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No one that

Never having been that much of a Rush fan in the past I did get intrigued here lately upon hearing how they (specifically Neil Peart) were supposedly supporters of Objectivistism and fans of Ayn Rand. Well as far as I can tell, while they may have paid some lip service to Ayn Rand and her ideas in their younger days I don't think it could be said that in the "long run" that holds true.

According to the Wiki entry on Neil Peart (under political views) it appears he's back peddaling a way from any former advocacy of her ideas he may have voiced. I'm afraid I have to lump him in there with the likes of Paul Ryan as another one of those individuals who really just didn't understand much of what she was trying to say to begin with.

Peart has never publicly identified with any political party or organization in Canada or the United States. Even so, his political and philosophical views have often been analyzed through his work with Rush and through other sources. In October 1993 shortly before that year's Canadian federal election, Peart appeared with then-Liberal Party leader Jean Chrétien in an interview broadcast in Canada on MuchMusic. In that interview Peart stated he was an undecided voter who supported Quebec federalism.[47]

Peart is often categorized as an Objectivist and an admirer of Ayn Rand. This is largely based on his work with Rush in the 1970s, particularly the song "Anthem" and the album 2112, the latter specifically credited to "the genius of Ayn Rand."[48] However, in his 1994 Rush Backstage Club Newsletter, while contending the "individual is paramount in matters of justice and liberty," Peart specifically distanced himself from a strictly Objectivist line.[49] In a June 2012 Rolling Stone interview, when asked if Rand's words still speak to him, Peart replied: "Oh, no. That was 40 years ago."[50] Peart has also ascribed to a philosophy that he has called "Tryism", which means that anything that one tries to attain will be attained if one tries hard enough.[51]

Although Peart is sometimes regarded as a "conservative" and "Republican" rock star,[52] he, in 2005, described himself as a "left-leaning libertarian",[53] and is often cited as a libertarian celebrity.[54][55] In July 2011 Peart reiterated those views, calling himself a bleeding-heart libertarian.[56]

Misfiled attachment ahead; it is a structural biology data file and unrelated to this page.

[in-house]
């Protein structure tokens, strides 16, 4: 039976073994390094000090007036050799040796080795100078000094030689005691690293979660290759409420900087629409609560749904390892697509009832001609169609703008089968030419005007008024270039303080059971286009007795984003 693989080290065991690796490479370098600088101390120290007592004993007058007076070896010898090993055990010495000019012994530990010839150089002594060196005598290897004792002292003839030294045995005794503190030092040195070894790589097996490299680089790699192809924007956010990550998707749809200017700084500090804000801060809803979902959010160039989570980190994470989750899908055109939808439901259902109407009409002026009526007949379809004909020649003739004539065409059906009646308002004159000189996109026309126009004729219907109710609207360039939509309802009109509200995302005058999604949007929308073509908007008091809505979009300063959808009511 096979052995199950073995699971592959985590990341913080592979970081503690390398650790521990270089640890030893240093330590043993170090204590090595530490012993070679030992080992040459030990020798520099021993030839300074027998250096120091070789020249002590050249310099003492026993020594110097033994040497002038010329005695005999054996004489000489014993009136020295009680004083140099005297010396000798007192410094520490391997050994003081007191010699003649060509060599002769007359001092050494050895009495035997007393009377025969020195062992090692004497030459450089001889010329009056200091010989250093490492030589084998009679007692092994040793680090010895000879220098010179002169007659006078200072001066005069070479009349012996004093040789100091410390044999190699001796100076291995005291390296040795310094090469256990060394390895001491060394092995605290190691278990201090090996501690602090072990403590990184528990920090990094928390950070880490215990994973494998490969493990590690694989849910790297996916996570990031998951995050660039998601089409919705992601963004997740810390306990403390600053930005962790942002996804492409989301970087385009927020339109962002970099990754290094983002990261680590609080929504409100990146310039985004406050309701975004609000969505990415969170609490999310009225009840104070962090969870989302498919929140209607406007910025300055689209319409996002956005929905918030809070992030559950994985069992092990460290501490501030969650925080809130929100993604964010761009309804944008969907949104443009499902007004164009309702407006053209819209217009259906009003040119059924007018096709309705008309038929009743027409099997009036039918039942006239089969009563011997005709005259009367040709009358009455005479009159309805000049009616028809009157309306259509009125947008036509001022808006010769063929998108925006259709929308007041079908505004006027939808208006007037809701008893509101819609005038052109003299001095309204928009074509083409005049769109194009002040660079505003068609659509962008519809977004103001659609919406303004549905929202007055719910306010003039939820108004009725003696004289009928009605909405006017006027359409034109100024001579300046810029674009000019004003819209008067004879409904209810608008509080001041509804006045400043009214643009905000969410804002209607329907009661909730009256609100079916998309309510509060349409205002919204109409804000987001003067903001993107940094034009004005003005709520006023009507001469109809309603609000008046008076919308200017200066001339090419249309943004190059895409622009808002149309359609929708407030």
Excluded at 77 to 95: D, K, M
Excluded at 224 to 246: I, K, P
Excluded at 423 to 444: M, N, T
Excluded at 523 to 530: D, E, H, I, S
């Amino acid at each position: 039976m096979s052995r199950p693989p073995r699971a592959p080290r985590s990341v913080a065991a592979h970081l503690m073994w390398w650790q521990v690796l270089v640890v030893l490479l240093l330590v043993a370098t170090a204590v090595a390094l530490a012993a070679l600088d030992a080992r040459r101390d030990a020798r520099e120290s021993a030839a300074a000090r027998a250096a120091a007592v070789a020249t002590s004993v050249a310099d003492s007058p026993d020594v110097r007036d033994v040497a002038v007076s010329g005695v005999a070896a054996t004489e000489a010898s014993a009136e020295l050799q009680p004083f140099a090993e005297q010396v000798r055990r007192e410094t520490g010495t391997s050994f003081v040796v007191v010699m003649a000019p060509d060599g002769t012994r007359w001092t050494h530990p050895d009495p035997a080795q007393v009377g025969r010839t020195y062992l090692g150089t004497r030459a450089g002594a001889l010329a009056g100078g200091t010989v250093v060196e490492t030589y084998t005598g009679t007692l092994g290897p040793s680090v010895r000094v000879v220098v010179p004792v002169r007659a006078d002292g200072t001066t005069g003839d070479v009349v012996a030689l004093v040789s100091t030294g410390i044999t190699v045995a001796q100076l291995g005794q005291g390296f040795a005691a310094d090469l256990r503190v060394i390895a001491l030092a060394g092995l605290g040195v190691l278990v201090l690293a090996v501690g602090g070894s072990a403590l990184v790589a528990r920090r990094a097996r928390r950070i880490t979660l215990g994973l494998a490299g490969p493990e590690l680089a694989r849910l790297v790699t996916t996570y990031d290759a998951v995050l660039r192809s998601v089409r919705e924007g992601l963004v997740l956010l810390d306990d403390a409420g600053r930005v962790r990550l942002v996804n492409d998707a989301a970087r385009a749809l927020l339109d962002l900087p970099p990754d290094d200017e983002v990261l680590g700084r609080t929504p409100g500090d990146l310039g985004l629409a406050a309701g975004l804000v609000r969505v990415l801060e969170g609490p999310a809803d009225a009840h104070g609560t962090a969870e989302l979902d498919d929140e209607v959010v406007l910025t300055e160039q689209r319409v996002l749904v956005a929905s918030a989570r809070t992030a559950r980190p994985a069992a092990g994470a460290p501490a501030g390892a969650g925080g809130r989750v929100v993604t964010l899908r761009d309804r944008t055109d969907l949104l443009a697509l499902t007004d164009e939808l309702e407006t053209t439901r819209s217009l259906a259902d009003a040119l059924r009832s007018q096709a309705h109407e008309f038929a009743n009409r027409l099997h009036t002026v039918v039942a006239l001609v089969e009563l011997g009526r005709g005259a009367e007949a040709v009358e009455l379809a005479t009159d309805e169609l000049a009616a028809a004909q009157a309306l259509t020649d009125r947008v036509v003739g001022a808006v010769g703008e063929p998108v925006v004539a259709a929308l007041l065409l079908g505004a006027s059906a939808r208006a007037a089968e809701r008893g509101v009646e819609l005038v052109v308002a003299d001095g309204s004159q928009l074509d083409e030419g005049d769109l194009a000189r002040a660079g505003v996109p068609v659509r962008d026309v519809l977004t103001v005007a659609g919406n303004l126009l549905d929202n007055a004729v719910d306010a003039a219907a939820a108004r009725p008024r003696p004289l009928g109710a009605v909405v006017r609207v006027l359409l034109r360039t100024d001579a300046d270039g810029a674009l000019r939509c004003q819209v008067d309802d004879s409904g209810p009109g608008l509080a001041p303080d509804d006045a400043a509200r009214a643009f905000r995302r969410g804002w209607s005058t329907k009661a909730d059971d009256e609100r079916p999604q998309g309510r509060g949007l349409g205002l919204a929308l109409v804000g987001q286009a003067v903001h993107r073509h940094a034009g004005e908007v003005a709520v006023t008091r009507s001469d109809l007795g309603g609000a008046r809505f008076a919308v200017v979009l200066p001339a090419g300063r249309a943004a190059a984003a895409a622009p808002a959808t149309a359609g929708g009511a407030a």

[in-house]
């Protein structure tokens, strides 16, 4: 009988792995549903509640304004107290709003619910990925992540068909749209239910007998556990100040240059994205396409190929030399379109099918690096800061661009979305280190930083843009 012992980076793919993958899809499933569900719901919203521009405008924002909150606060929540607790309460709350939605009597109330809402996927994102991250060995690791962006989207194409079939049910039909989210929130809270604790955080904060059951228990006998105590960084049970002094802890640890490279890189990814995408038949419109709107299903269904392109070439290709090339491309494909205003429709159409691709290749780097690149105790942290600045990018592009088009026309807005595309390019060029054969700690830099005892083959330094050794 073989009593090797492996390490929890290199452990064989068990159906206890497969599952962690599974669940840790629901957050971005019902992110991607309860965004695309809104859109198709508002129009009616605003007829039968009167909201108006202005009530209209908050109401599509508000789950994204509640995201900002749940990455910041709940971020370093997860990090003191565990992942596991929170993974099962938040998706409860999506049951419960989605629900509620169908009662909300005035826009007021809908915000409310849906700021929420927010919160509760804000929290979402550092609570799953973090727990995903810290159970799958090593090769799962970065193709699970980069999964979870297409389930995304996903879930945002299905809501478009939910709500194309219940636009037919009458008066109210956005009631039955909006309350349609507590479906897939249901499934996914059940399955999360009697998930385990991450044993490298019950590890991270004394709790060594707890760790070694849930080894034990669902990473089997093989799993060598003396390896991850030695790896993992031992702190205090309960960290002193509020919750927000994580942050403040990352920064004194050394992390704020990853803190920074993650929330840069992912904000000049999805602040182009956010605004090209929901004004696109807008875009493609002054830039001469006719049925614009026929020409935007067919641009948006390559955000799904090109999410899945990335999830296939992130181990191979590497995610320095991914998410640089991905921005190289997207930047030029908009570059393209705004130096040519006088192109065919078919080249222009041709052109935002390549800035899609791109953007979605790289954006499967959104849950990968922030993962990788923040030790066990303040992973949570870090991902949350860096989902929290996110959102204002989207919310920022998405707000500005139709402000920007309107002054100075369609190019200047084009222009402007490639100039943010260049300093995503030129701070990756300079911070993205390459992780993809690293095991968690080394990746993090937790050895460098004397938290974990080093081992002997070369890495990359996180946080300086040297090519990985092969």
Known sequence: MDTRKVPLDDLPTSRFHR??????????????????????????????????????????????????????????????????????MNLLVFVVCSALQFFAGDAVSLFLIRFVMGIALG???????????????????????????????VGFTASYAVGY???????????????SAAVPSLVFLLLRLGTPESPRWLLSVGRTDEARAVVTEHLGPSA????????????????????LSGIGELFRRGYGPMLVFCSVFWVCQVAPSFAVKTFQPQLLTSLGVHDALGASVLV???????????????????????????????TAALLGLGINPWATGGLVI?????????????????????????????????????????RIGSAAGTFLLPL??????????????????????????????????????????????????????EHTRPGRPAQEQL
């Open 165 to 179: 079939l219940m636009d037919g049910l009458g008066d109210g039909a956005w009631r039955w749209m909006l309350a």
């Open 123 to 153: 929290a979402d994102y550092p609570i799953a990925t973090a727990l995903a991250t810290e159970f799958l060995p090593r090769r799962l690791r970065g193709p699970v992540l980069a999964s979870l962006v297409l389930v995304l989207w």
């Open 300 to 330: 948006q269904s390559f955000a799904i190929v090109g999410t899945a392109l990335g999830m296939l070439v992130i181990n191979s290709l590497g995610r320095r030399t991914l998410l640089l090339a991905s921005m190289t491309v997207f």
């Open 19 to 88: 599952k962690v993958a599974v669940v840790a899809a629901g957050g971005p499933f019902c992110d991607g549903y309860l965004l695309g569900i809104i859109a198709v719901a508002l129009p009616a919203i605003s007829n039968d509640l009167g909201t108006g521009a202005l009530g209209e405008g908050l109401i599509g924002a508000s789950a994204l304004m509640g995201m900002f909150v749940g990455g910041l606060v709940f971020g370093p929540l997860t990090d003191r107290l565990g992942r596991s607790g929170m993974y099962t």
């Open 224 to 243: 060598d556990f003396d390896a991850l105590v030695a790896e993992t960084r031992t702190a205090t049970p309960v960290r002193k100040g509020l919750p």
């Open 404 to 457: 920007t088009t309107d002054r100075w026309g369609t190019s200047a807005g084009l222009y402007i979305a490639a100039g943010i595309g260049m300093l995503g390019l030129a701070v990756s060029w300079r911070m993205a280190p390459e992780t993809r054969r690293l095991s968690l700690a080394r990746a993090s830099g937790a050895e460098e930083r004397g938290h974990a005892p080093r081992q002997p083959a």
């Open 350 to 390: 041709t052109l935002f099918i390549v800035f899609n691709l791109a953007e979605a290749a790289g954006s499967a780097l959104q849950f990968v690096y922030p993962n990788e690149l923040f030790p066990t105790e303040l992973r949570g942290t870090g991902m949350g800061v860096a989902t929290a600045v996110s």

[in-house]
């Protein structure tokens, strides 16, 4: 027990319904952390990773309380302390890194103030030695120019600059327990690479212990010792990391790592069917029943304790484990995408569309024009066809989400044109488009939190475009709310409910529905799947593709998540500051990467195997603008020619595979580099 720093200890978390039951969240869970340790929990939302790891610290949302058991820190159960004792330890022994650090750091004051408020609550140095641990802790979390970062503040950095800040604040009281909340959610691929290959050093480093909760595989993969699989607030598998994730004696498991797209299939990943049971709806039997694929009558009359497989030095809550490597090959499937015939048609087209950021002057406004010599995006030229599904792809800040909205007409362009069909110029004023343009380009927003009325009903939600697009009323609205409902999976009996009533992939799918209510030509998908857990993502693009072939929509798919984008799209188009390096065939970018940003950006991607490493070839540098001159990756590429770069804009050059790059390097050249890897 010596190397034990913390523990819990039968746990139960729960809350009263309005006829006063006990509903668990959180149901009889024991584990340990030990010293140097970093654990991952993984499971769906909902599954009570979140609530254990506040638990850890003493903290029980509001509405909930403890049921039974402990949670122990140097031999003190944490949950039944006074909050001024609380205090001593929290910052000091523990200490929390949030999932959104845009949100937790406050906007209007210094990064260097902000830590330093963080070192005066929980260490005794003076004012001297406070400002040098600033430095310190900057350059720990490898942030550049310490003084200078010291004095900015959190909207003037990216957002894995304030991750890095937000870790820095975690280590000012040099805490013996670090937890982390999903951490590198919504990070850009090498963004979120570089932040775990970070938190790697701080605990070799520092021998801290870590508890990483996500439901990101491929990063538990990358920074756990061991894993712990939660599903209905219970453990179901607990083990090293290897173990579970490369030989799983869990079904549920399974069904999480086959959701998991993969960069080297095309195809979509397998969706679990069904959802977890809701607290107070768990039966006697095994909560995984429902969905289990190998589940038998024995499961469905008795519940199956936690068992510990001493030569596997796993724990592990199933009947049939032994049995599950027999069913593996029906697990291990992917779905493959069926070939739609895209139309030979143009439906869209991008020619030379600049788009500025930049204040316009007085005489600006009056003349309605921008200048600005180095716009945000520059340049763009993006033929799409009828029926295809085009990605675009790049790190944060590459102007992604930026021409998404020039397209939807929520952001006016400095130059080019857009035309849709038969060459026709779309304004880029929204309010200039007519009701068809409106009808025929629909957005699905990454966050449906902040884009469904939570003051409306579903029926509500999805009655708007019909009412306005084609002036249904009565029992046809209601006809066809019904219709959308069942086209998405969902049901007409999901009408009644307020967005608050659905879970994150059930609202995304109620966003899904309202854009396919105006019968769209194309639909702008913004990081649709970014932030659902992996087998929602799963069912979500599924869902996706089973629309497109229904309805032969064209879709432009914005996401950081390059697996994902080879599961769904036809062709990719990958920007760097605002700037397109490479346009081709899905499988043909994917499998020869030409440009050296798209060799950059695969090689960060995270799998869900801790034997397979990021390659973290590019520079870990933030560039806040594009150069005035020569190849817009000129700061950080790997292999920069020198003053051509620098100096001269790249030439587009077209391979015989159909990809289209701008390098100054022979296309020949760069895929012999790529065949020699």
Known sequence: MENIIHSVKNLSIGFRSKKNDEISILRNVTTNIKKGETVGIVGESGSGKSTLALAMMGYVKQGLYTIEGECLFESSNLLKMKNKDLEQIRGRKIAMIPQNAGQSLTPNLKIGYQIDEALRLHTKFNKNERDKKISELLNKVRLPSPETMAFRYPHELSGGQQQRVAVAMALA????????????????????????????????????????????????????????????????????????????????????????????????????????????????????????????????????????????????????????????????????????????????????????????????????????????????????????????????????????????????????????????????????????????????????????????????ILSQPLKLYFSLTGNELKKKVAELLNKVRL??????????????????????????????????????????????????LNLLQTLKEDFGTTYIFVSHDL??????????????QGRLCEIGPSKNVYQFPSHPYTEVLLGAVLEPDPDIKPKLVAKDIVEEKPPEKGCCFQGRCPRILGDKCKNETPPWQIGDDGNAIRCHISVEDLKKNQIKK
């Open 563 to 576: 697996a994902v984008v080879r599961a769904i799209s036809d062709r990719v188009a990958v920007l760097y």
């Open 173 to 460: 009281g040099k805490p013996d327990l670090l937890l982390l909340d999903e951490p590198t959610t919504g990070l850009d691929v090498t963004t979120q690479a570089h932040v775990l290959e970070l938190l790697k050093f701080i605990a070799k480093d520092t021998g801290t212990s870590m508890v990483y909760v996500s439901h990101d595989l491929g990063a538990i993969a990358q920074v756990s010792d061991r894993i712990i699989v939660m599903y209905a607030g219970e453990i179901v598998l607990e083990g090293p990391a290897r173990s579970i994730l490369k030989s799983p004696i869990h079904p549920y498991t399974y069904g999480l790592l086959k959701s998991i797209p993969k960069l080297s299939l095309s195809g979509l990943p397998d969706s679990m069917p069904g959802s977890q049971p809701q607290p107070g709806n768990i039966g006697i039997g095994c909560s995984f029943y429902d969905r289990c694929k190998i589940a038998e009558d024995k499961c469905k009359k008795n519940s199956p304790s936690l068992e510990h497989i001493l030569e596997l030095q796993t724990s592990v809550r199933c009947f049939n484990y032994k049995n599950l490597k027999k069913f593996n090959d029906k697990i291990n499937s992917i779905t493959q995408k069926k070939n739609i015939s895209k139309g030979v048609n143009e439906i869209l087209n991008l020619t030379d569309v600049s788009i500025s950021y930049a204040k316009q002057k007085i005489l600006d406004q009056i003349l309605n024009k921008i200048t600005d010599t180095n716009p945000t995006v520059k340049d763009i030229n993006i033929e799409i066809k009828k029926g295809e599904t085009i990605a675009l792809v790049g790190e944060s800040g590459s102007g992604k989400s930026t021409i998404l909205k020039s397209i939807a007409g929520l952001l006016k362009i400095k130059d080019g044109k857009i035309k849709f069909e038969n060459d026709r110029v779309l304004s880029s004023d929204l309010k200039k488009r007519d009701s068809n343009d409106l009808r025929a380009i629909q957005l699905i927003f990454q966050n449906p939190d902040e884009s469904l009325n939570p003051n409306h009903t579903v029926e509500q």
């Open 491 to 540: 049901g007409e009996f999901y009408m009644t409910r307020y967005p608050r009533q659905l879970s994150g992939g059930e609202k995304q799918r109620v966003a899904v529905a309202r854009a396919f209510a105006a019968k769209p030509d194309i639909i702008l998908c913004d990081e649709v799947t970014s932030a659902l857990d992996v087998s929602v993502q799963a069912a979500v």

It's well established that the trio have always been libertarians to one extent or another, that they've never claimed to be Objectivists. (I'm near certain you know libertarians that are nuts about Miss Rand, just as I'm sure you've heard people interpret The Fountainhead from a subjectivist outlook that could, and often does, veer left and keeps heading left.)

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Never having been that much of a Rush fan in the past I did get intrigued here lately upon hearing how they (specifically Neil Peart) were supposedly supporters of Objectivistism and fans of Ayn Rand. Well as far as I can tell, while they may have paid some lip service to Ayn Rand and her ideas in their younger days I don't think it could be said that in the "long run" that holds true.

In Rush's early days their songs (compositions?) were borderline too cerebral, where a single song could be 15 to 20 minutes, broken up into sections, telling a story in parts that figuratively refers to something abstract. In "Hemispheres" you have an imagined battle between people who give allegiance to Apollo and his reason, whereas others follow Dionysus and "love", with the rift bringing trauma and war, until a mysterious traveler unites the "hemispheres" into a perfect sphere of reason and love. In 2112 you have a future dystopia like in 1984 or Rand's Anthem, where someone discovers a guitar hidden in a cave full of abandoned junk, and rediscovers music and creative expression, only to later be crushed and commit suicide (this album was the one dedicated to Ayn Rand). In other places they do get rather explicit with selfishness and something that reminisces of Rand's ethics

Know your place in life is where you want to be

Don't let them tell you that you owe it all to me

Keep on looking forward; no use in looking 'round

Hold your head above the ground and they won't bring you down

Anthem of the heart and anthem of the mind

A funeral dirge for eyes gone blind

We marvel after those who sought

New wonders in the world, wonders in the world,

Wonders in the world they wrought.

Live for yourself -- there's no one else

More worth living for

Begging hands and bleeding hearts will

Only cry out for more

Well, I know they've always told you

Selfishness was wrong

Yet it was for me, not you, I

Came to write this song

The above is from "Anthem" by Rush.

Overall I think Rush did what Terry Goodkind did with books---only in reverse. Goodkind began an artistic construction, appeared to have discovered Rand, then awkwardly sewed Objectivism explicitly into his novel series. With Rush, ideas of Rand were sprinkled heavily in their beginning works, only to slowly phase out. I'm not sure Peart ever was an Objectivists. I think he's just a very intelligent, well-read man, who went through a brief phase of really being interested in Rand and her ideas. Regardless, he's lead an immensely productive and admirable life.

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Some of the posts in this thread have been split off into a separate thread titled "Why are some people fascinated by cars?" here.